Study Guide

Blade Runner Technology and Modernization

Technology and Modernization

TYRELL: Commerce is our goal here at Tyrell. "More human than human" is our motto.

In Blade Runner's vision of the future, genetic engineers are able to toy with human life for the sake of making money, which shows that commerce has become more important than life itself, in a way. No character in the movie demonstrates that evil better than Tyrell.

ROY: Chew, if only you could see what I've seen with your eyes!

Chew created Roy's eyes—but he doesn't know what it's like to experience reality through them. Chew views these eyes as a technology he's created, whereas Roy uses them to experience reality.

SEBASTIAN: They're my friends. I make them.

Sebastian lives surrounded by bizarre, semi-human toys, which he created himself, apparently out of biological material. It's prophetic, in a way: Sebastian is like someone in the present day who only has virtual friends online or in video games but not in real life. He's a somewhat sad and sympathetic character for this reason.

DECKARD: Replicants are like any other machine. They're either a benefit or a hazard. If they're a benefit, it's not my problem.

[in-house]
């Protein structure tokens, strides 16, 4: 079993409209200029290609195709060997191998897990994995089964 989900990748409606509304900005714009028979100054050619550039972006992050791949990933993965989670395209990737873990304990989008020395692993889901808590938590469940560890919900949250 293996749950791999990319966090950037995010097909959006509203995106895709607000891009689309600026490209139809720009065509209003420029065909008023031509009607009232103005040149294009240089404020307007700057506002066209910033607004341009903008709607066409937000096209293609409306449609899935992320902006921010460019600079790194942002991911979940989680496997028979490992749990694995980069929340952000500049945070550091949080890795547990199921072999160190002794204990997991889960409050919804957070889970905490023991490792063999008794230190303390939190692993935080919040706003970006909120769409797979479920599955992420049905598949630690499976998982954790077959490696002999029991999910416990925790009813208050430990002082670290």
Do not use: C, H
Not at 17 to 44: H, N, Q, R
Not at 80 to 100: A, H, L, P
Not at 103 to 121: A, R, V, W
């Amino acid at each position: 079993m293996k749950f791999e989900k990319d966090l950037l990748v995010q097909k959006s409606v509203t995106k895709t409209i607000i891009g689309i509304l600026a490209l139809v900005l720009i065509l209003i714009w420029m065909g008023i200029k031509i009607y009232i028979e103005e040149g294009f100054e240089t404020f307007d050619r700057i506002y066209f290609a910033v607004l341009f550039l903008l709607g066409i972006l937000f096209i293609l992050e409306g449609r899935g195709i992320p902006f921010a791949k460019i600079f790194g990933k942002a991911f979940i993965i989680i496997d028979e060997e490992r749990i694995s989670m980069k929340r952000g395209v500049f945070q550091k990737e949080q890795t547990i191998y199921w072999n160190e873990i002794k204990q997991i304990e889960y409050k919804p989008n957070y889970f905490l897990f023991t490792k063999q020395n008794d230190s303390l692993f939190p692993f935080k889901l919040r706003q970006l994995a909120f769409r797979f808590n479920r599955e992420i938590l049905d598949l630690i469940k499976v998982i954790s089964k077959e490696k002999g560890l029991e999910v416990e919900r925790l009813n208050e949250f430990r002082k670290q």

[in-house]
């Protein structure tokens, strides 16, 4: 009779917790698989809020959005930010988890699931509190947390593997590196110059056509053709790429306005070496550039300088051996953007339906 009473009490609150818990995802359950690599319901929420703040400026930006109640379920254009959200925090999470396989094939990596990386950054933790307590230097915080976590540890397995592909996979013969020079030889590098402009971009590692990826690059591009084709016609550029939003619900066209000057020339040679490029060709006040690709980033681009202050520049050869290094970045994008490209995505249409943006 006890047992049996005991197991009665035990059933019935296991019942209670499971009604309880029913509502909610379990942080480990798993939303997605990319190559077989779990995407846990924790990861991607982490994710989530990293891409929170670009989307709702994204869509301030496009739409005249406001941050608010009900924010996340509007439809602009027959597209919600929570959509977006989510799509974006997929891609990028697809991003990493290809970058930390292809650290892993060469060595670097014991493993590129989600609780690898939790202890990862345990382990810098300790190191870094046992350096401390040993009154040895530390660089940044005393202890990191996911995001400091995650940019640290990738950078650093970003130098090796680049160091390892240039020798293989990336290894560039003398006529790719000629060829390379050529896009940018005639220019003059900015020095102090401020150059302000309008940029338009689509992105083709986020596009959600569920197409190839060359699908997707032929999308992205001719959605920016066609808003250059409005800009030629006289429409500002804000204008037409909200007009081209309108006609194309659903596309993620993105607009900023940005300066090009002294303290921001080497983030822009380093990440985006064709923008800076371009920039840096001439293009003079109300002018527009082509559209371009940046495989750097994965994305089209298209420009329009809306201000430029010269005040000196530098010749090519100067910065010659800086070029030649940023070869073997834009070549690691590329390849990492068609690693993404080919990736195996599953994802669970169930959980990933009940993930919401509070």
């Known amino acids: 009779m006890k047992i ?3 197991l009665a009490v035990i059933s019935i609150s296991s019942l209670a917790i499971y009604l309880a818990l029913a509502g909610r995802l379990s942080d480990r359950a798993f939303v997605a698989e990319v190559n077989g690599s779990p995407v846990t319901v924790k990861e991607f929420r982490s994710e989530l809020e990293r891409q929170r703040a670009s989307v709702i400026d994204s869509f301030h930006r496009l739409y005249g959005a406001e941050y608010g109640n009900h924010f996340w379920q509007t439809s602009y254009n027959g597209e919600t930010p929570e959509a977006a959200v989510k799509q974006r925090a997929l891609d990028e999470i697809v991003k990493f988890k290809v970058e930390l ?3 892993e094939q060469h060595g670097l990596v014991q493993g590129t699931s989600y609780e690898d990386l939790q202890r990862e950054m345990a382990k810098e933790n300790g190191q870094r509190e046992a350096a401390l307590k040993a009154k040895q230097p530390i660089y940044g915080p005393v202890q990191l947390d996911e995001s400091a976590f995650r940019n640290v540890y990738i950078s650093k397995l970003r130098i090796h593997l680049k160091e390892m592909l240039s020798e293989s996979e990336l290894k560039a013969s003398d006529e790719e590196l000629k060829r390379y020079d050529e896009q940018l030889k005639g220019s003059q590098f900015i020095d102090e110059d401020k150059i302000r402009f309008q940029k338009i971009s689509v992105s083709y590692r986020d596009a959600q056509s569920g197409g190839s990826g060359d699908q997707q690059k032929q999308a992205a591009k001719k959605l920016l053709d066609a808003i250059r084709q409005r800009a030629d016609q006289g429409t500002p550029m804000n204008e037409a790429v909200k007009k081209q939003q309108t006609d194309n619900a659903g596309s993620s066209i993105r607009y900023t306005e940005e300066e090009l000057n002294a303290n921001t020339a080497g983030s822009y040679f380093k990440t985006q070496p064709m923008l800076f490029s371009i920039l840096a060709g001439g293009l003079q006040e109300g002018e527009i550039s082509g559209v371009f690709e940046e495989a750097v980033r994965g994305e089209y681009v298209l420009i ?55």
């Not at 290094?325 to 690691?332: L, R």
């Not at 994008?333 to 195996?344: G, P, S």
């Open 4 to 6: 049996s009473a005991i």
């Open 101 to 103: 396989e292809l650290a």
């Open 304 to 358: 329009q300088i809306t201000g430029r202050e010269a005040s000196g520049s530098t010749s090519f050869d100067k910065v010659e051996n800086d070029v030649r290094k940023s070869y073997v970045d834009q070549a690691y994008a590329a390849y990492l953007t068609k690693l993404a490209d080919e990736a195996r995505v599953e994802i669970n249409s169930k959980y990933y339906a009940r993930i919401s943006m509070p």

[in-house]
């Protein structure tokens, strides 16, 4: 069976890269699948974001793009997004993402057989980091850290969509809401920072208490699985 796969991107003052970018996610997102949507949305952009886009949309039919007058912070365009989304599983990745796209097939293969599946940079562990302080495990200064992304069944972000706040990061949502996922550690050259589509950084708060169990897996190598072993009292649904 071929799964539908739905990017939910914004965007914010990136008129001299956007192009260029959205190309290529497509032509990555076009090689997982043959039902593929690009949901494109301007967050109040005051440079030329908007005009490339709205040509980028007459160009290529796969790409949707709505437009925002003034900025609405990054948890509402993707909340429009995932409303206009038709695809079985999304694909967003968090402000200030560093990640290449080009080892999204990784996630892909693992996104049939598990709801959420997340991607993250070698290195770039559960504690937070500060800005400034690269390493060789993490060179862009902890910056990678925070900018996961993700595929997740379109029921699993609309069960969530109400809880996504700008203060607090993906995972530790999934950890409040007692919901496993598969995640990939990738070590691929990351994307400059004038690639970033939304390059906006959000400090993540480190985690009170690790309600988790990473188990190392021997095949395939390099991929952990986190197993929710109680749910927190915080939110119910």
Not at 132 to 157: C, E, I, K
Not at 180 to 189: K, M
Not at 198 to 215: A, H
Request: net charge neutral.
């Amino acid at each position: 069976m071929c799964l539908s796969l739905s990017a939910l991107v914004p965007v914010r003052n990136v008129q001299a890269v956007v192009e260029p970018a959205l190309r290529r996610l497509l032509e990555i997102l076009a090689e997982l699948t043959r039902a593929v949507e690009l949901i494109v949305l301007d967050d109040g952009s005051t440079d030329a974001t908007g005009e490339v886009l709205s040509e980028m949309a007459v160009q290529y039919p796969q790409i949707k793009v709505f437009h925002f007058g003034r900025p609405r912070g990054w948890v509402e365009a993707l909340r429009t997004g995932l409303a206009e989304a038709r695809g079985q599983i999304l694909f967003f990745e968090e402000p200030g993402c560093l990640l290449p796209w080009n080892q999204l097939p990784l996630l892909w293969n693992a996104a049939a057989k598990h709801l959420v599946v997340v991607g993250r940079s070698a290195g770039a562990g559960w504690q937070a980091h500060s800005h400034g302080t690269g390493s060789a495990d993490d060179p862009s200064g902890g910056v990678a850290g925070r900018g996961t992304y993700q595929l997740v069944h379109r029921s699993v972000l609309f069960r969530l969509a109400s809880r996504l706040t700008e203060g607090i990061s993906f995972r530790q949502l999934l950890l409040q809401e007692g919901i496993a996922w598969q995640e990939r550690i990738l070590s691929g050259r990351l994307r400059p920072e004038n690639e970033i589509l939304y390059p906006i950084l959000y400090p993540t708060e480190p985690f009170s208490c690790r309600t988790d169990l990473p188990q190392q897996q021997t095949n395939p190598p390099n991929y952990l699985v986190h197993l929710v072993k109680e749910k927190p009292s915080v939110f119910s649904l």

This quote demonstrates that Deckard hasn't really seen the true humanity of the replicants yet. He still views them the same way that everyone else does, as tools and biological machines. But falling in love with Rachael and receiving mercy from Roy helps change his perspective.

RACHAEL: I'm not in the business. I am the business.

Rachael points out that she—an apparently conscious being, not particularly different from other humans—has been turned into a commodity. Even though she's alive, she's completely enslaved to the money interests that have created her.

RACHAEL: Do you like our owl?

DECKARD: It's artificial?

RACHAEL: Of course it is.

In Blade Runner's version of 2019, many animals have become extinct—hence, the ones we encounter in the movie, from Tyrell's owl to Zhora's snake, are all artificial, the animal equivalents of replicants. In Philip K. Dick's novel Do Android's Dream of Electric Sheep?, owls are the first species to go extinct.

TYRELL: I'm surprised you didn't come here sooner.

ROY: It's not an easy thing to meet your maker.

TYRELL: What can he do for you?

ROY: Can the maker repair what he makes?

Tyrell can't repair Roy and extend his lifespan to a normal human length: he's a deeply flawed creator. In this case, his creation (Roy) rebels against him and kills him in retribution. The replicant technology created by Tyrell has stopped being technology and has gone out of his control—the replicants have transcended their slave-like status and demonstrated that they're real people, more or less.

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